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What will that achieve? Well, if Biden doesn't want messy floor fights at his convention—and he doesn't—it basically guarantees in advance that the party will commit to a (somewhat) more progressive platform and not reverse the democratizing DNC reforms that the Sanders movement achieved in 2016. Of course, having a more progressive party platform doesn't necessarily mean anything concrete in terms of policy if Biden becomes president. However, following two election cycles in which Sanders came a close second in the race for the nomination, during which his movement fought prolonged battles within the party, you can be certain that a President Biden will hear about every betrayal of the platform—even as progressives demand more of him. Also, not to be cynical, but whether or not Biden follows through when he becomes president, a more progressive platform will almost certainly help him win the election given the mood of the country.
Most importantly, the country needs a progressive president. Given the scale of our problems, and the level of discontent, nothing else fits the moment. Per economics, we need a New Deal. Given the climate emergency, that has to be a Green New Deal. Per public health, a direct pathway to Medicare for All. Per policing, the embracing of alternative—and transformative—grassroots proposals.
Nothing less than America's social fabric, and even the idea that this remains a prosperous country, is at stake. Our next president needs to step up in profound ways.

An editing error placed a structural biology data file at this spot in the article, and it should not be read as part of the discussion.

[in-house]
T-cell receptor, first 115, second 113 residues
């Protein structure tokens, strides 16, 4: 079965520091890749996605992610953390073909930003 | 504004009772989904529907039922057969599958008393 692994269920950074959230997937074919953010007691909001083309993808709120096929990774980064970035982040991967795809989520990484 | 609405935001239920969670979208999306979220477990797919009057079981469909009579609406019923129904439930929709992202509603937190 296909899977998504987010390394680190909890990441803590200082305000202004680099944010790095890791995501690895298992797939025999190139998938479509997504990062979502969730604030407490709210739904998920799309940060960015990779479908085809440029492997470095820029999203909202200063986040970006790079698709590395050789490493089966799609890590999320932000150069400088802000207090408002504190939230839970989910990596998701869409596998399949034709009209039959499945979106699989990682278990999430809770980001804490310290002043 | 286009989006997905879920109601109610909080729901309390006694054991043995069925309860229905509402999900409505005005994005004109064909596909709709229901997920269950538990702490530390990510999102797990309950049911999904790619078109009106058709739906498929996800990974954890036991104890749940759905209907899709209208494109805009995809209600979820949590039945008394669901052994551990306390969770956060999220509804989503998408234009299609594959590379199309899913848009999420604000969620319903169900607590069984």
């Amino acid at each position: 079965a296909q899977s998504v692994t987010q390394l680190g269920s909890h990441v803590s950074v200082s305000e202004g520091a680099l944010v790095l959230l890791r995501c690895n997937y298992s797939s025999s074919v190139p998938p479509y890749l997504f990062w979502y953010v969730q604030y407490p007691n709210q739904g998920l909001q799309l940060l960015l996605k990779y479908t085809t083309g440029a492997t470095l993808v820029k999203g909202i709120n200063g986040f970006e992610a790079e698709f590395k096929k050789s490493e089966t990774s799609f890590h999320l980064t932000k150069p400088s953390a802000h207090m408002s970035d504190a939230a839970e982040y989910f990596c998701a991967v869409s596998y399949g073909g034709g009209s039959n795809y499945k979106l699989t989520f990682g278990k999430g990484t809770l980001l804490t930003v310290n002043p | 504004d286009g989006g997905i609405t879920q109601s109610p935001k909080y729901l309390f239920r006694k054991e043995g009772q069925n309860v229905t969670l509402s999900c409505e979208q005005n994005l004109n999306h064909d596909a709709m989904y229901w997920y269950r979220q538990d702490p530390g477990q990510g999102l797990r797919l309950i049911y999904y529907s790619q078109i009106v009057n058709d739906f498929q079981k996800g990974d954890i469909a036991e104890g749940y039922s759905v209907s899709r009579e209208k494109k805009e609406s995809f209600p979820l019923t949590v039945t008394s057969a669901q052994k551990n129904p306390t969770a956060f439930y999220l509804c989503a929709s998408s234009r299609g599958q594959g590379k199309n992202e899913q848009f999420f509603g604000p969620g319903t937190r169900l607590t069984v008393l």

Biden has said he wants to be an FDR-like president; but it's unlikely he's making that case when he's glad-handing Citibank CEO Jamie Dimon. Come January 2021, we need the new Francis Perkins and Harry Hopkins in the cabinet, not neo-liberal zombies Robert Rubin and Larry Summers.
To have any hope of achieving that, we have to make our case every step of the way. Sure, Joe Biden has been a centrist Democrat throughout his long career, but "centrists" dominated the party until very recently. Joe Biden is also a weathervane politician. We have to let him know the wind is in progressive sails these days—that no other political tendency comes close.
The way to do that in New York and Kentucky is to vote for Bernie Sanders; which, paradoxically, is also the best way to support Joe Biden's campaign on Tuesday. A good showing will tip the scales past the 25% goal and send a powerful message in support of the policies America needs.